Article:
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INTERNATIONAL PAPER CO. v. GROSSMAN

June 18, 1982

INTERNATIONAL PAPER COMPANY, PLAINTIFF,
v.
JEFFREY GROSSMAN, DEFENDANT.



The opinion of the court was delivered by: Shadur, District Judge.

FINDINGS OF FACT AND CONCLUSIONS OF LAW

This action has been tried upon the facts without a jury. After considering all the evidence and the briefs and arguments of counsel, in accordance with Fed.R.Civ.P. 52(a) the Court finds the facts and states its conclusions of law as follows:

Findings of Fact ("Findings")

1. International Paper Company ("IPC") is a New York corporation with its principal place of business in the State of New York. Jeffrey Grossman is a citizen of the State of Illinois. More than $10,000 is in controversy between IPC and Grossman.

2. Both before June 1976 and continuously thereafter until just before June 1, 1978 Emisco Industries, Inc. ("Emisco") was a warehouser, broker, distributor and (to a minor extent) fabricator of corrugated paper products. It was a privately-held corporation with the following shareholders and officers:

    (a) Grossman was its President, a director and
  an 88% shareholder.
    (b) William G. Bailes ("Bailes") was its Vice
  President, a director and a 6% shareholder.
    (c) John Taglianetti ("Taglianetti") was a
  director and a 6% shareholder.

3. In 1976 Emisco had been purchasing products from IPC on a limited credit basis. Bailes requested that IPC substantially increase Emisco's line of credit

4. At a meeting in New York Neil Collins of IPC's New York Credit Department informed Bailes additional credit could not be granted to Emisco without Grossman's personal guaranty. Shortly thereafter Bailes arranged a New York meeting attended by Grossman and Collins to discuss the subject, and IPC insisted on Grossman's personal guaranty as a condition of increased credit.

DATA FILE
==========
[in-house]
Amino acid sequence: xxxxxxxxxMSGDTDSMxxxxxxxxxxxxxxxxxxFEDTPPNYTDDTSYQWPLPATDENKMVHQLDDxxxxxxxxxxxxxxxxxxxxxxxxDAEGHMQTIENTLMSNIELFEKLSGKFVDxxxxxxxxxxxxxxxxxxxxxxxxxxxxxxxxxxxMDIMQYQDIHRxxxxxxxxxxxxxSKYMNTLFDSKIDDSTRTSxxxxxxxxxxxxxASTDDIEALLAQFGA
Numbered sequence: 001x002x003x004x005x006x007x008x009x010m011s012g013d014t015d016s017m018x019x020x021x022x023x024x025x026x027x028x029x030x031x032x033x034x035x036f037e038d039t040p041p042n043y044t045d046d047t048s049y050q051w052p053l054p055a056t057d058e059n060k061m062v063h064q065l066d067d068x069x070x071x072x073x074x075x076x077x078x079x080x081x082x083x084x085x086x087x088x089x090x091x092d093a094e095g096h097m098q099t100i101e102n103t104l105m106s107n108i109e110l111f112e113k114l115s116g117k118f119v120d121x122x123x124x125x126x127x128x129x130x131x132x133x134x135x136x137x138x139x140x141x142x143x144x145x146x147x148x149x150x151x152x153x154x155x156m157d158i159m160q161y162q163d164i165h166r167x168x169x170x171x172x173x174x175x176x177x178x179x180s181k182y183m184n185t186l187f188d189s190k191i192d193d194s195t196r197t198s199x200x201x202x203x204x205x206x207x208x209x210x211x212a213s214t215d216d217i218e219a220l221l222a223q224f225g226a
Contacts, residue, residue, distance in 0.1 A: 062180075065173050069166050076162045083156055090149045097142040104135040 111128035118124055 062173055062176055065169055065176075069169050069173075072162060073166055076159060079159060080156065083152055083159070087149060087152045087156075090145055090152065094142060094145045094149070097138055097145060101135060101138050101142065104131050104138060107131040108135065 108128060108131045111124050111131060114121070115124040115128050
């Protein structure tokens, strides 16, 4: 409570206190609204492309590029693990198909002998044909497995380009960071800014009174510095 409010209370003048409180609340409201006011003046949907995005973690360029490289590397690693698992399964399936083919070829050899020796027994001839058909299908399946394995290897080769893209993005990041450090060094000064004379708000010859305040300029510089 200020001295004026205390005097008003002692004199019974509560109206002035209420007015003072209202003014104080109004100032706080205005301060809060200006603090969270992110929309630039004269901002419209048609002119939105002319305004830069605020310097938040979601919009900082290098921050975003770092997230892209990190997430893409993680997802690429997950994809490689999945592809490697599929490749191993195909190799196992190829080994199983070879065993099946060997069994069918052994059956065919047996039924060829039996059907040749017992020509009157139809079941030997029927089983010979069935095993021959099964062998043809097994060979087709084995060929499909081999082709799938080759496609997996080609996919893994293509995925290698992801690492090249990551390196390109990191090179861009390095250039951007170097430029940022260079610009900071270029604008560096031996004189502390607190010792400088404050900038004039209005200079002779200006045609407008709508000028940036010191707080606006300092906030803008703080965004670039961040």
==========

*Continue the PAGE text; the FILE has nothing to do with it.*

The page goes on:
5. About June 9, 1976 Grossman executed a written document whereby he personally guaranteed Emisco's existing and future debts to IPC. That document (the "Guaranty," Pl. Ex. 3) was in the form of a letter from Grossman to IPC and followed verbatim the IPC "standard guaranty" form, except for the inclusion of a provision requested by Grossman (on advice from his lawyer), agreed to by IPC and not material to this litigation. In relevant part the Guaranty provided:

  This guaranty shall be deemed to be effective as
  of the date hereof upon receipt by you and shall
  be binding upon the heirs and assigns of the
  undersigned and shall enure to the benefit of
  your successors and assigns.
  The undersigned further agrees that the terms and
  conditions of this guaranty shall apply not only
  to amounts falling due in respect of future sales
  but also to amounts owing to you from
  transactions entered into between you and the
  Purchaser prior to the date of this guaranty.

Following receipt of the Guaranty, IPC substantially increased the credit it extended to Emisco and internally established a credit limit of $100,000 for Emisco.

6. After delivery of the Guaranty, Grossman did not personally deal with any representative of IPC in any respect, nor did he personally take any action to limit the amount of Emisco's indebtedness to be covered by the Guaranty. Bailes was responsible for Emisco's credit and financial dealings with IPC both before and after delivery of the Guaranty.

7. There is a dispute between IPC and Grossman as to whether Grossman sent a February 13, 1978 letter to IPC revoking the Guaranty either in strict accordance with its terms or in a commercially reasonable manner. Various aspects of Grossman's testimony in that respect, as well as that of Grossman's supporting witnesses, tax this Court's credulity. It is unnecessary however to resolve the disputed issue, for it is clear in any event that none of the relevant IPC executives or other personnel was aware of the ...


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